Saudi King Abdullah awaits the arrival of Kuwait's Emir Sheik Sabah al-Ahmad al-Sabah for an emergency summit of the Gulf Cooperation Council in Riyadh on Jan. 15, 2009.
Before returning home to Saudi Arabia after medical treatments Wednesday, King Abdullah ordered a massive increase in the kingdom's development and state welfare payments — a move that some observers say was an attempt to stave off the popular unrest that is now sweeping the Arab world.
Even the merest hint of potential unrest in Saudi Arabia, which sits on a fifth of the world's oil reserves and is the third biggest source of oil for the United States, is enough to spark fear in the oil markets and cause nightmares in Washington.
Although there is little sign of any unrest in Saudi Arabia so far, there are growing political and economic frustrations.
After being caught by surprise by the popular revolts in the Middle East, few analysts will rule out the possibility of unrest in Saudi Arabia, but they do say it is unlikely.
NPR correspondent Deborah Amos is in Saudi Arabia and says the reason is simple: "The king is extremely popular, among young people and with reformers, too, unlike [former President Hosni] Mubarak in Egypt, and [former President Zine El Abidine] Ben Ali in Tunisia, who were deeply, deeply hated. They see [the king] as a reformer, and the changes he's introduced in the last two years have been startling."
The reasons behind the unrest that led to successful revolutions in Tunisia and Egypt and protests in Libya, Bahrain and elsewhere, vary from country to country. But there are three fundamental factors that nearly all have in common: economic deprivation, youth unemployment and political frustration.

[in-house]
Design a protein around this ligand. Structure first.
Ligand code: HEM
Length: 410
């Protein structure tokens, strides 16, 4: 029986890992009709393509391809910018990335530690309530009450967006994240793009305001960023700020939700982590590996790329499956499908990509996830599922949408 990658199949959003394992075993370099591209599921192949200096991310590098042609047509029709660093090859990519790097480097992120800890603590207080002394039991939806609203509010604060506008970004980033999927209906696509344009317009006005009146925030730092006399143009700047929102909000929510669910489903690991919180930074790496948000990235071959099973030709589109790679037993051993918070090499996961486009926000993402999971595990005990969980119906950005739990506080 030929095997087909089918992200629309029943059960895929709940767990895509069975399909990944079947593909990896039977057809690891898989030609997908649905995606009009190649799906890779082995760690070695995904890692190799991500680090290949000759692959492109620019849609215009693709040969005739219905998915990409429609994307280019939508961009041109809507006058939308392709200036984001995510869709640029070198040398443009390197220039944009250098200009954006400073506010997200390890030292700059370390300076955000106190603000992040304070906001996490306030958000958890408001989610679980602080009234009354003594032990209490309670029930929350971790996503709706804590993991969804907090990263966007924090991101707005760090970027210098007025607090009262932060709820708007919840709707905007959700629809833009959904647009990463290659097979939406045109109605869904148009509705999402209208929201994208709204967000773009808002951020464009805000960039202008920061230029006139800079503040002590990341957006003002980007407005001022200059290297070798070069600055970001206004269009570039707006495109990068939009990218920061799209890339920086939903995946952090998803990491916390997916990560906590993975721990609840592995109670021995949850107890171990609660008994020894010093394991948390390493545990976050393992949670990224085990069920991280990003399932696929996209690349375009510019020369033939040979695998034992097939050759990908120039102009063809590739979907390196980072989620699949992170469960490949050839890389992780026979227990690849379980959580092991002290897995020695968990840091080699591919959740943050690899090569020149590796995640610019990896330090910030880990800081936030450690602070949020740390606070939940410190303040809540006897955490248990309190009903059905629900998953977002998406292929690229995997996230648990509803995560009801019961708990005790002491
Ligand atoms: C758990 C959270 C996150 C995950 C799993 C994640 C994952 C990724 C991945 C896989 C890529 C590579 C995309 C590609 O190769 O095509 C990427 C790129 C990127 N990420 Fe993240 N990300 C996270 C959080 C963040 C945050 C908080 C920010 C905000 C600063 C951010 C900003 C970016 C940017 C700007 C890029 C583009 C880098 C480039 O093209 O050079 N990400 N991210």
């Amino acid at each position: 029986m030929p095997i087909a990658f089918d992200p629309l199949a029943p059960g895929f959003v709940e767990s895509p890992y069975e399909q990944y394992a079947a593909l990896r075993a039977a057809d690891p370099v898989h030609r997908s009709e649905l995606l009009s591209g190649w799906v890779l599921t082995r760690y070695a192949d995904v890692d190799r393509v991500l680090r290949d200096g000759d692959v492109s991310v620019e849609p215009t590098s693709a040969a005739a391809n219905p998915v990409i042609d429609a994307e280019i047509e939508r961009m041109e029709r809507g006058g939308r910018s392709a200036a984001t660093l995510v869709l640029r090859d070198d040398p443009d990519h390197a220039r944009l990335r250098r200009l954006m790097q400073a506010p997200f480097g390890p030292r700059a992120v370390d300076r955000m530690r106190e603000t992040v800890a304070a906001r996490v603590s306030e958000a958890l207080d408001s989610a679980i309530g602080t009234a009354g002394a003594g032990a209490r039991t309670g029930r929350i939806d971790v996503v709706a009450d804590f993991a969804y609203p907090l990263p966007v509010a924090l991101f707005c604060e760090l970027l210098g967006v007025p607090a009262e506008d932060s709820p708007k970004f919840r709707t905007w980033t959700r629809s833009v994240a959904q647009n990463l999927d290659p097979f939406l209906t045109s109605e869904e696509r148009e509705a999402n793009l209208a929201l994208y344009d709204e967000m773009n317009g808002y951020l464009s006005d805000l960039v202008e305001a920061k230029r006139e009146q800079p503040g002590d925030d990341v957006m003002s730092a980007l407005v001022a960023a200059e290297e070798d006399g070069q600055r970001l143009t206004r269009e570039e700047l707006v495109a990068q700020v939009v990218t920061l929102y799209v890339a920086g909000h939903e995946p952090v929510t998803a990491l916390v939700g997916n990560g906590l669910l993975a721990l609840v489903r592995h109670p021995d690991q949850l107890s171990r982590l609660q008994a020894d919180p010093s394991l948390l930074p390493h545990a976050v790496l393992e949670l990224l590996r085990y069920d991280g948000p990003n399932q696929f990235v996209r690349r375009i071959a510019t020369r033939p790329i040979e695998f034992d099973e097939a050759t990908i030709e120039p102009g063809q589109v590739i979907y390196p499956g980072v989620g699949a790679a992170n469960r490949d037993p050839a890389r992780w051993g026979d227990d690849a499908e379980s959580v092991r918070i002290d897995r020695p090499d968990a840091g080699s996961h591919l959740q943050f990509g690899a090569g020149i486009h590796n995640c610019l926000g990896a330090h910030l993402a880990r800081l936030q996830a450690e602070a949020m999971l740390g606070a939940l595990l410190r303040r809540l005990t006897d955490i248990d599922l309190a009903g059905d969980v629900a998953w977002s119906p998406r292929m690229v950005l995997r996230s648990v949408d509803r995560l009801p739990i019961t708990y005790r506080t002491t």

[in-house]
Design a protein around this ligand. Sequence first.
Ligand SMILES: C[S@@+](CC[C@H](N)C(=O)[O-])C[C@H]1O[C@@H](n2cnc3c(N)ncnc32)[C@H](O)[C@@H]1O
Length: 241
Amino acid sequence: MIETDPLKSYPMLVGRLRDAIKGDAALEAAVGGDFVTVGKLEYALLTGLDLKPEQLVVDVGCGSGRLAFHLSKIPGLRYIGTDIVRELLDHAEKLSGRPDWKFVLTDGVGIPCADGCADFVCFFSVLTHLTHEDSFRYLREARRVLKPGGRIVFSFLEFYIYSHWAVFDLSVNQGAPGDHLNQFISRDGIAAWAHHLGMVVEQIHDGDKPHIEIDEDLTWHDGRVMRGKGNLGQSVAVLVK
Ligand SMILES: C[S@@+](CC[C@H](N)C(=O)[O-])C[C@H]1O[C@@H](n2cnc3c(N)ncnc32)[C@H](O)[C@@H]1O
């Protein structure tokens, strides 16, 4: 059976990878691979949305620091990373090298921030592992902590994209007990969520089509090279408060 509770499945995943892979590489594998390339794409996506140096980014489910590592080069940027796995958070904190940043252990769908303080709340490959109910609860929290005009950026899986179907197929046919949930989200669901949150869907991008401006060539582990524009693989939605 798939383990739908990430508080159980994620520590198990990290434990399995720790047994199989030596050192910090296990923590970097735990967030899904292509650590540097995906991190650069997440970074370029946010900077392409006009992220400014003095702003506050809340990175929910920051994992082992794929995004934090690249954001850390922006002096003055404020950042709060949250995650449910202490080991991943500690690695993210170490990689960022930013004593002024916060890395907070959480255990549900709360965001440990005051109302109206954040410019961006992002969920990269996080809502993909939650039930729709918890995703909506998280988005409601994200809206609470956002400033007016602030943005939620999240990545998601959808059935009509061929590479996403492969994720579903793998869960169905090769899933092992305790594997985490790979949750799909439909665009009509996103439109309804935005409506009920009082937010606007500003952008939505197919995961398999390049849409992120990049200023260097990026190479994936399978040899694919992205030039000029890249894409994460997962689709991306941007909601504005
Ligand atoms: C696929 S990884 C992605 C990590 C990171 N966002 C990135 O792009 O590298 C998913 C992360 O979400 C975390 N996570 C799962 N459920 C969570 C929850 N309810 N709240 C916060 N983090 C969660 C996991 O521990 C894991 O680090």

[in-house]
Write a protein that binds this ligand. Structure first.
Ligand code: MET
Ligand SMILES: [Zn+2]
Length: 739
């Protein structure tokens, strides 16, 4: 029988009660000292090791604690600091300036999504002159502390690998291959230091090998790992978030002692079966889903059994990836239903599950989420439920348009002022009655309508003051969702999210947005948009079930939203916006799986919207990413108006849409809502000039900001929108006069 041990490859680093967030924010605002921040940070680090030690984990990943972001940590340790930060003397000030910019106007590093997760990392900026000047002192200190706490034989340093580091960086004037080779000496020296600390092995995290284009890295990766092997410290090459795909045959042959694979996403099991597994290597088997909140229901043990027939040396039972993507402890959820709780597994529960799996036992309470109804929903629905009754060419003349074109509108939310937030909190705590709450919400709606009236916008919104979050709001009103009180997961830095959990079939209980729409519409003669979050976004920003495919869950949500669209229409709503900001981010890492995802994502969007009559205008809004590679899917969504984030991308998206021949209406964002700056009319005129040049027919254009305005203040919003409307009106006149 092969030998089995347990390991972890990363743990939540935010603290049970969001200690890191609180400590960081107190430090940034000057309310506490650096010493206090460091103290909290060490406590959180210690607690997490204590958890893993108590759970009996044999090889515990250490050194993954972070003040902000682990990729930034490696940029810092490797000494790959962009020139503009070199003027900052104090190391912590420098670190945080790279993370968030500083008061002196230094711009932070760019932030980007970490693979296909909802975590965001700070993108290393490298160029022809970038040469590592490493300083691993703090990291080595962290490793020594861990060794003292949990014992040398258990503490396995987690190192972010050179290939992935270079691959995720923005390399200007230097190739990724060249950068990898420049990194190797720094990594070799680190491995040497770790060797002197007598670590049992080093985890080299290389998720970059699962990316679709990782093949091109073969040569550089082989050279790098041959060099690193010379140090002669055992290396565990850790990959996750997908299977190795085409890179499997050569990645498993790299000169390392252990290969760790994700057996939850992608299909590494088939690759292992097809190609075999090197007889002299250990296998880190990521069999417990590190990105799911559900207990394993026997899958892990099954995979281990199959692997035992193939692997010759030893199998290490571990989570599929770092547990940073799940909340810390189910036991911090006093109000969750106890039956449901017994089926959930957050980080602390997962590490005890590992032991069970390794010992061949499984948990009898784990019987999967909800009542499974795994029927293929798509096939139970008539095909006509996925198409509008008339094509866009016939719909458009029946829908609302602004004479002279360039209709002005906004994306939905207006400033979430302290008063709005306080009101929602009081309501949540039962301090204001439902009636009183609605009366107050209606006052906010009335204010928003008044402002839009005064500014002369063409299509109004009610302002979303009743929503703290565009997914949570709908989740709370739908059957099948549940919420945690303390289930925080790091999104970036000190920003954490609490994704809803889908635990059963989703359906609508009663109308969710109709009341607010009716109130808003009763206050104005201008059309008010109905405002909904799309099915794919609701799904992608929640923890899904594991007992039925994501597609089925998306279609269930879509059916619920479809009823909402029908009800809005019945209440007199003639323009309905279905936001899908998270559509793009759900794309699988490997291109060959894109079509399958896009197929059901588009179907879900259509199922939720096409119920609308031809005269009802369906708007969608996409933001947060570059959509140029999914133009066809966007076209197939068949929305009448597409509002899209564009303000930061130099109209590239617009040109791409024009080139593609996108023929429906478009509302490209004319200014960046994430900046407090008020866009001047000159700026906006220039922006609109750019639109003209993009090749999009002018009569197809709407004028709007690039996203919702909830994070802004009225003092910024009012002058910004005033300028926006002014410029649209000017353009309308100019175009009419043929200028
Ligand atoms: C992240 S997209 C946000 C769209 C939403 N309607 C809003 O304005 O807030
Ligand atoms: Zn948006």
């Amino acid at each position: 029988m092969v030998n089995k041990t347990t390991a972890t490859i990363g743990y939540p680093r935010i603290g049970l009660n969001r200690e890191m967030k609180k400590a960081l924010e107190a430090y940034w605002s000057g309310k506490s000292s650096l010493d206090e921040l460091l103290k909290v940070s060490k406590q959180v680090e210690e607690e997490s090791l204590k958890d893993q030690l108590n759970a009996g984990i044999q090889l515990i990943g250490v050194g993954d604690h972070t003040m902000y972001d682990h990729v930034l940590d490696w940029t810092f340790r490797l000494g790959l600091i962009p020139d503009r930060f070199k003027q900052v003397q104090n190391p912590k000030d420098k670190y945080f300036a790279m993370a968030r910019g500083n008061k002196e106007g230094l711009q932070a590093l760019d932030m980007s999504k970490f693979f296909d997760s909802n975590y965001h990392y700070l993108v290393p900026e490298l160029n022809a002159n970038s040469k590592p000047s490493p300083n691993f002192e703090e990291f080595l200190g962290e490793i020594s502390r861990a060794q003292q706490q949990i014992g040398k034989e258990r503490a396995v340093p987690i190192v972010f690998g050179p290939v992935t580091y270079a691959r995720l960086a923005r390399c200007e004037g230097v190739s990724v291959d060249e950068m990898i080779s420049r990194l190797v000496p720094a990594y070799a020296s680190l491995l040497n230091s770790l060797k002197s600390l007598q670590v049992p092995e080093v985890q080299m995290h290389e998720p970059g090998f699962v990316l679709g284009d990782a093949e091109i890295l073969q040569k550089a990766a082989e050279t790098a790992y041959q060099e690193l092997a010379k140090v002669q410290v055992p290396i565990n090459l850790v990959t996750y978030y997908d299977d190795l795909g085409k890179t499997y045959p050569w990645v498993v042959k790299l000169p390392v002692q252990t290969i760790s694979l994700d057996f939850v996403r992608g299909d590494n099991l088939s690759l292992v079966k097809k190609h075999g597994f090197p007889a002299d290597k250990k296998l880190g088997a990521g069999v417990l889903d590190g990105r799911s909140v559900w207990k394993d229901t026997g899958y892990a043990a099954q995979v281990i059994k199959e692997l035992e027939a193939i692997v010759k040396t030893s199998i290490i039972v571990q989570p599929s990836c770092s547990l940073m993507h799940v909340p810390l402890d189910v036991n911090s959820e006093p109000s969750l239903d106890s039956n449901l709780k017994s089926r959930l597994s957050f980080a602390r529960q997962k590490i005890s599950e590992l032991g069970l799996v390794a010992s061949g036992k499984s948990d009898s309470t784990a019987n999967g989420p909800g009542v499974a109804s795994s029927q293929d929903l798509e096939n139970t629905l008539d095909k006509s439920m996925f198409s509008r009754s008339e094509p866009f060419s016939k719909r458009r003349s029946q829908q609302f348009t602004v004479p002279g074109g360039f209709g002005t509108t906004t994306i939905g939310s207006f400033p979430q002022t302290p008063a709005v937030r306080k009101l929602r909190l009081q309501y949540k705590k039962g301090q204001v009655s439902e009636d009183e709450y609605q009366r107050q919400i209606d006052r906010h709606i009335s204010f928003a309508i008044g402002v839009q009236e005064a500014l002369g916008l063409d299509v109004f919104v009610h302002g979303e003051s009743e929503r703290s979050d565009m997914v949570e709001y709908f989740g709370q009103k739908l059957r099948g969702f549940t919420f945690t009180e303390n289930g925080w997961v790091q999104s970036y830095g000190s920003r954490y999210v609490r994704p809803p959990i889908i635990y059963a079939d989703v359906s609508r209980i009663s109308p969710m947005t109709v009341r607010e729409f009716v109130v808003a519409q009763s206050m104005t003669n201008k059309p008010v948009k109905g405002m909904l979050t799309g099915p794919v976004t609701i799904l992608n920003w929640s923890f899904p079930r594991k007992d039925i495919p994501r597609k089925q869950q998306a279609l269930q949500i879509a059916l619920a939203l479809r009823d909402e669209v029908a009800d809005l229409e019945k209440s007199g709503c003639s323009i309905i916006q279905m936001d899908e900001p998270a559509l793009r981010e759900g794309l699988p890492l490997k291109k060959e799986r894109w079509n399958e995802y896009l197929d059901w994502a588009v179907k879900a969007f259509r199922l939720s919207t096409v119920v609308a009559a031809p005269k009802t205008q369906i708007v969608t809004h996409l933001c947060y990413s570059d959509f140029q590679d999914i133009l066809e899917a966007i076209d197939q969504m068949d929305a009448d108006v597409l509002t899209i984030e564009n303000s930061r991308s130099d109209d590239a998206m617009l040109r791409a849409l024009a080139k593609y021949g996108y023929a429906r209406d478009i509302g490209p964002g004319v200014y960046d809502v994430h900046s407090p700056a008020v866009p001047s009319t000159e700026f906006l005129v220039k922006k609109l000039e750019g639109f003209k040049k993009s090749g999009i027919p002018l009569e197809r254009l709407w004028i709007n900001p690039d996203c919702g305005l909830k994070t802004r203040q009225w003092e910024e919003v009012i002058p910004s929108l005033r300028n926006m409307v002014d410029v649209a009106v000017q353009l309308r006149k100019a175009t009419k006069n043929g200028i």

Saudi Arabia has all those problems, and more. With its massive oil wealth, the kingdom is one of the world's richest countries, but the money is not distributed evenly. There are many wealthy Saudis and an estimated 6,000 royal princes, but the average national income is around $20,000 a year and many Saudis live on the poverty line.
"Inflation has hit Saudis hard," Amos says. "There have been sharp increases in food prices, and you need two salaries to get by."
Most estimates put unemployment in Saudi Arabia at around 10 percent. But like nearly all Arab countries, Saudi Arabia is experiencing a massive "youth bump" in its population — about two-thirds of the population is younger than 29 — and the unemployment rate for young people is thought to be around 40 percent.
Like the other oil-rich Gulf states, Saudi Arabia has invested billions in education, including sending students to universities in the United States, England and Australia. Now all of these graduates, especially an entire generation of well-educated young women, are looking for ways to use their education — and there are limited opportunities for them.
The Kingdom of Saudi Arabia is run as a traditional monarchy, where political parties are banned and dissent is strictly punished. Although there are consultative councils set up to advise the royal family, they are appointed, not elected, and there are few ways for the poor, the young and minorities to get their voices heard. The king also carries the title "The Custodian of the Two Holy Mosques" — the holiest sites in Islam at Mecca and Medina — a position that makes it difficult for any devout Muslim to criticize him. On top of that, the ruling family also has a centuries-old relationship with a very conservative branch of Sunni Islam, which results in harsh enforcement of rules on public morality.